Chadwick Boseman once shared why it'd be 'meaningful' to be honored by the Academy

There’s no question Chadwick Boseman left an indelible mark on Hollywood.

The late actor, who died at the age of 43 in August after a private four-year battle with colon cancer, has been posthumously nominated for a best actor Oscar for his role in “Ma Rainey’s Black Bottom.”

During a press run in 2018 for “Black Panther,” Boseman told ABC Audio the significance of being recognized by the Academy for his work.

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“I think it would be — it’s meaningful any time any film is acknowledged,” he said. “And any part of a film — whether it be behind the scenes, design, director, performers — is always meaningful to be acknowledged by the Academy.”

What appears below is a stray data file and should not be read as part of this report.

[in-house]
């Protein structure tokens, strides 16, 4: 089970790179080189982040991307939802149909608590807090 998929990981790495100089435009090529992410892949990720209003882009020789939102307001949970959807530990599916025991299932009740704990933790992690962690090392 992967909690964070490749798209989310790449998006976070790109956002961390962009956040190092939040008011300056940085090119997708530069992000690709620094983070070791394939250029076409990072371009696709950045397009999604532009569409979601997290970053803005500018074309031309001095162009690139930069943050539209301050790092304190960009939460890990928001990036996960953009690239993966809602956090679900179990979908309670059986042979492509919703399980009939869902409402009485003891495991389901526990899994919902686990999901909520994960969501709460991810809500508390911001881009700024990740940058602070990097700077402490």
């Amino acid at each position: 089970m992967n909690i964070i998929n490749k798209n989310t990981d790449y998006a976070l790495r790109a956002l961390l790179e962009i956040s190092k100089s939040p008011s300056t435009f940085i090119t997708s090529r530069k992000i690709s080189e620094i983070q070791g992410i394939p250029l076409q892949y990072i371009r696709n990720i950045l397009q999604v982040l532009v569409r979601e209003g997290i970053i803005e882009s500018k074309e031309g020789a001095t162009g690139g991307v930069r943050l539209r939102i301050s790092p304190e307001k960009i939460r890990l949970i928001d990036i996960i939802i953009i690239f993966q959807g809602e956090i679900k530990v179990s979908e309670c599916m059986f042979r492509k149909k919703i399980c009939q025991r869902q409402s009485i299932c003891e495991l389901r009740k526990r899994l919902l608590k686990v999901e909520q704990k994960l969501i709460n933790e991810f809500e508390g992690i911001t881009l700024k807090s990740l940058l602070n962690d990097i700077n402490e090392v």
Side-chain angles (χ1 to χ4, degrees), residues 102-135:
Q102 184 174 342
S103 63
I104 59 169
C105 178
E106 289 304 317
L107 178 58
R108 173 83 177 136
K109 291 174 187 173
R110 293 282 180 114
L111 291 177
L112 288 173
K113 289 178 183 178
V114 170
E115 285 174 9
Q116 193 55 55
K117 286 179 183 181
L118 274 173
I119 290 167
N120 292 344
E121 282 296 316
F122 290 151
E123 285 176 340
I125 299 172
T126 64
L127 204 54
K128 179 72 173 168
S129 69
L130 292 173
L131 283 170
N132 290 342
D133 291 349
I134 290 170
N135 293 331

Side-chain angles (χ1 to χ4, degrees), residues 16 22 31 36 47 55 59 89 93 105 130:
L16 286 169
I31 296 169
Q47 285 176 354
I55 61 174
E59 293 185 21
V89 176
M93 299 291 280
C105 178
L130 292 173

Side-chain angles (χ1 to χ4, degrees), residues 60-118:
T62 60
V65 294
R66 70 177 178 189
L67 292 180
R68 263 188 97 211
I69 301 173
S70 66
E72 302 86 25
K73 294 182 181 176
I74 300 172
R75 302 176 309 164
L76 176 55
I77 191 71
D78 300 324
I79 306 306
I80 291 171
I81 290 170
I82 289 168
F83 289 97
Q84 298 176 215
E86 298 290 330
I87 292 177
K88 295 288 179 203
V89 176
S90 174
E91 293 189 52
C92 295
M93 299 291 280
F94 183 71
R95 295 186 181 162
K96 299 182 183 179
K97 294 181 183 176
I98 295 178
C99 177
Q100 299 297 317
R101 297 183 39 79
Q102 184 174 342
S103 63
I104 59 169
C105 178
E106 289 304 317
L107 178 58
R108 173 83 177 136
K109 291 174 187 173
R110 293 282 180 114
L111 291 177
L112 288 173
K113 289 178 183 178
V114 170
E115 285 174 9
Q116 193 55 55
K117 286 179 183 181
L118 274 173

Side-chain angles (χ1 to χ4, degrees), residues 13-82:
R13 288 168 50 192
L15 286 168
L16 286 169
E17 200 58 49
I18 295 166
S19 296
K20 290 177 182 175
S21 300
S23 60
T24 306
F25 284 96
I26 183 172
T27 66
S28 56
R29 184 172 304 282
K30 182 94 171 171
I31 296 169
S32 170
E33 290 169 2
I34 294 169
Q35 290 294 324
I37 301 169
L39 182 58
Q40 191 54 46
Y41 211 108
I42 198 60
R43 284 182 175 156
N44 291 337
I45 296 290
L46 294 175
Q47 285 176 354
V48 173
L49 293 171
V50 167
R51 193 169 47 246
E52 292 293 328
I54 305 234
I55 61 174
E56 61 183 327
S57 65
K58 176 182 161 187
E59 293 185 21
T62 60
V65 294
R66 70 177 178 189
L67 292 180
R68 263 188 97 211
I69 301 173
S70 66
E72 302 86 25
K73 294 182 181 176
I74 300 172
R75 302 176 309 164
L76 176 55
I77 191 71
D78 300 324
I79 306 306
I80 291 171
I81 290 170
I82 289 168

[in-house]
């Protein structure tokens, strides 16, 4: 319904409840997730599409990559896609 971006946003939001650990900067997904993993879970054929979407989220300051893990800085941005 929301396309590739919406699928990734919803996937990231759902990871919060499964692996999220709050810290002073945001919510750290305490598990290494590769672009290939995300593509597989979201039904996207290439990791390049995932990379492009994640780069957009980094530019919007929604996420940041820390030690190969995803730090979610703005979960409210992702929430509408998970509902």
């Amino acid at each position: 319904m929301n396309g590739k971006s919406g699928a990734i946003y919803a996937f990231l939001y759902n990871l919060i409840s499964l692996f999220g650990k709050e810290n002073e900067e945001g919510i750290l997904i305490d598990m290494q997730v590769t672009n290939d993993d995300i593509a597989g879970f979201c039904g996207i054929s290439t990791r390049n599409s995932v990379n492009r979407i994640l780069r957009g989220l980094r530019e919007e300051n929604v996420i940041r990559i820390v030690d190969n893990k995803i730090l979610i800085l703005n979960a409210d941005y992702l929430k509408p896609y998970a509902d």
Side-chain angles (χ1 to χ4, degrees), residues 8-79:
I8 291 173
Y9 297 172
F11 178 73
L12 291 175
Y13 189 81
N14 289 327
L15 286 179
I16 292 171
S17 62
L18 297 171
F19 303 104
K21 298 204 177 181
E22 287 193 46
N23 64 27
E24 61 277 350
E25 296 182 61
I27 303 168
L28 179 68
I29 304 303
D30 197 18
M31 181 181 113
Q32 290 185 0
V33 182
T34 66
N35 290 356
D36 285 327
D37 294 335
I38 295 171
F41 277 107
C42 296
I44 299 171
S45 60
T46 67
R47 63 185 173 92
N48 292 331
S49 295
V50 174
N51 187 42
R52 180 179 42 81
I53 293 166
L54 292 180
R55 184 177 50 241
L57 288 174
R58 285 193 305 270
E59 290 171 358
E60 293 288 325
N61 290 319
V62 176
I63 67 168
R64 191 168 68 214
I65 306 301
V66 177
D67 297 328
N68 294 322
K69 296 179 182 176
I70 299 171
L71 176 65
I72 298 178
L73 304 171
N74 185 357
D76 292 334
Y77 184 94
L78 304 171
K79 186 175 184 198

PHOTO: Chadwick Boseman as Levee, Glynn Turman as Toldeo, Michael Potts as Slow Drag, Colman Domingo as Cutler in the 2020 film, "Ma Rainey's Black Bottom."

Boseman is the seventh actor to receive a posthumous Oscar nod. If he wins, he would follow in the footsteps of Peter Finch for “Network” in 1977 and Heath Ledger for “The Dark Knight” in 2009.

Boseman said “being a part of the Academy” gave him a certain understanding of just how important the Oscars race is.

“Because … I know the caliber of people that are in there,” he said. “And that actually vote and care about this this art form that we do.”

Visit Oscar.com for Oscar 2021 highlights and watch Sunday, April 25, live on ABC at 8 p.m. ET/5 p.m. PT.

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